Just as in the case of simple types, local record variables are stored on the stack frame. In that respect, they are not fundamentally different in their usage from simple types (see previous paragraph). However, the compiler's record alignment mechanism is more complex. This can seriously complicate things for the programmer if he/she is coding offsets directly.

There are two key factors that define the compiler's record alignment behaviour: the alignment directive ({$A} or {$ALIGN}) and the packed modifier. Furthermore, the actual alignment of the record member fields is dependent on the field type. For example, let's consider the following record declaration:

TMyRecord = record

  FirstValue:  DWord;

  SecondValue: Byte;

  ThirdValue:  DWord;

  FourthValue: Byte;


The alignment boundary for each member field of the record depends on its type and its size. In the example above, Firstvalue and ThirdValue are of type DWord, which is a 32-bit type. With alignment on, they will be aligned to dword boundaries. Since in between those two members, there is a byte-sized field, SecondValue, the compiler will add three padding bytes, thus ensuring that ThirdValue is properly aligned. The following picture shows the memory allocation for this record in the aligned state:

Picture showing stack usage for aligned record, showing three unused bytes between SecondValue and ThirdValue

By adding the packed modifier to the record declaration, the record's member fields are no longer aligned. You can see the result in the following illustration, as the padding bytes are no longer present:

Picture showing stack usage for non-aligned record, without any padding bytes

Similarly, when alignment is turned off by using the {$A-} directive, even without the packed modifier there will be no padding between record member fields. Fortunately, just as for simple types, you can refer to record member fields by their names, and the compiler will calculate the correct offsets for you. However, always make sure you use operands of the proper size, i.e. specify the operand size explicitly. In that way, your code will continue to work correctly even when alignment is changed or the packed modifier is introduced at a later stage:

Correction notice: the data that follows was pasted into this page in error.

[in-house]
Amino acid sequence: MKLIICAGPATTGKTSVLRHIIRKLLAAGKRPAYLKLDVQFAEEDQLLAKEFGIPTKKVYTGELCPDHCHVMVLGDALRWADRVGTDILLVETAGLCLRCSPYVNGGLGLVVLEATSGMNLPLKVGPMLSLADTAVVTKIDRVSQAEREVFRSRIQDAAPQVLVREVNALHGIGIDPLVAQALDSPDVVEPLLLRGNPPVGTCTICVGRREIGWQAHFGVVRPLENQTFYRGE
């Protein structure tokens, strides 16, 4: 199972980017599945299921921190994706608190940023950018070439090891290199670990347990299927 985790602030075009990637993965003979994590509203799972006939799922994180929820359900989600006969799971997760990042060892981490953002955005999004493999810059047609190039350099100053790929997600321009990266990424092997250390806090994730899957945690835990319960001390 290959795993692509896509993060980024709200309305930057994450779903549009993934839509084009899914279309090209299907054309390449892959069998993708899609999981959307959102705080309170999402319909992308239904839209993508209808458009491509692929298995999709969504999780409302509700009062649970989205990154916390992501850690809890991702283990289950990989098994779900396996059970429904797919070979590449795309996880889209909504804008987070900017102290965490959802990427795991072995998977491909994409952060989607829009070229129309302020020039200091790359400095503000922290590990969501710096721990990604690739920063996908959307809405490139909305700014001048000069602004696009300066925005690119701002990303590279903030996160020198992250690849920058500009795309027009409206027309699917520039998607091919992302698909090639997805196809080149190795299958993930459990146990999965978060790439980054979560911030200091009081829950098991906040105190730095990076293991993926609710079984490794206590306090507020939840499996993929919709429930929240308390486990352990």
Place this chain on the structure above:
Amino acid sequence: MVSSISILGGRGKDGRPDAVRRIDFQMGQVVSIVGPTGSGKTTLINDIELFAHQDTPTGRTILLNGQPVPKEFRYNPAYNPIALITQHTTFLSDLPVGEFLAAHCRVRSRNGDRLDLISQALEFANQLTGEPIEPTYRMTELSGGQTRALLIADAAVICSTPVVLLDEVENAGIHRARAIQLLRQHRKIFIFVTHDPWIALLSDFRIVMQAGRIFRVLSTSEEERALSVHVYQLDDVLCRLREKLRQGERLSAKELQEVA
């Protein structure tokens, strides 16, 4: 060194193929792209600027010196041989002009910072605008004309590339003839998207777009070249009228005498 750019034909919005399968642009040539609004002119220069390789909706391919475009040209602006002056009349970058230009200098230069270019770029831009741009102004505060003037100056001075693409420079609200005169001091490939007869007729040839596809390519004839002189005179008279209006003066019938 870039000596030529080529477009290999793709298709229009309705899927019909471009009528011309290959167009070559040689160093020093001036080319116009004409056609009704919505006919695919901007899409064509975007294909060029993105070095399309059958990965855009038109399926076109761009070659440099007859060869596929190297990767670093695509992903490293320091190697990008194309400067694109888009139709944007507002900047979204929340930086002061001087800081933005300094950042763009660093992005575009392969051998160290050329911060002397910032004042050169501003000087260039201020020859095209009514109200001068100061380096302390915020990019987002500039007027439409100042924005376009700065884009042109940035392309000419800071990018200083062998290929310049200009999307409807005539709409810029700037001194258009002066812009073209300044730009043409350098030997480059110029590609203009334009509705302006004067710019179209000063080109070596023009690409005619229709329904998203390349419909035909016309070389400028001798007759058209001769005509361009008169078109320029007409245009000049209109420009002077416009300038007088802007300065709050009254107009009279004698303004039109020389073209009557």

mov eax, DWORD PTR [ARecord.FirstValue]

mov  al, BYTE  PTR [ARecord.Byte]
3.4. Heap allocated types as local variables

Dynamic variables, long strings, wide strings, dynamic arrays, variants, and interfaces in Delphi are all variable types that are stored in heap memory. In order to use them, you use a reference variable, i.e. a pointer to the actual variable data. In assembler, you will be responsible for the allocation and management of the memory and its contents.

In other words, if you use heap allocated types as local variables, memory will be allocated for the reference (the pointer) to that variable on the stack frame, but you are responsible for the actual allocation and deallocation of the memory and for initialising the contents. In Pascal, most of these types are largely automatically managed, so allocation and deallocation happens behind the scenes. In assembler blocks, that is obviously not the case.

You can call GetMem to allocate memory and return a pointer to the newly allocated memory. You need to pass the amount of memory needed in eax and upon return from GetMem the eax register will contain the pointer, which you can then store in the appropriate slot on the stack frame.

Next: Chapter 4: Returning Results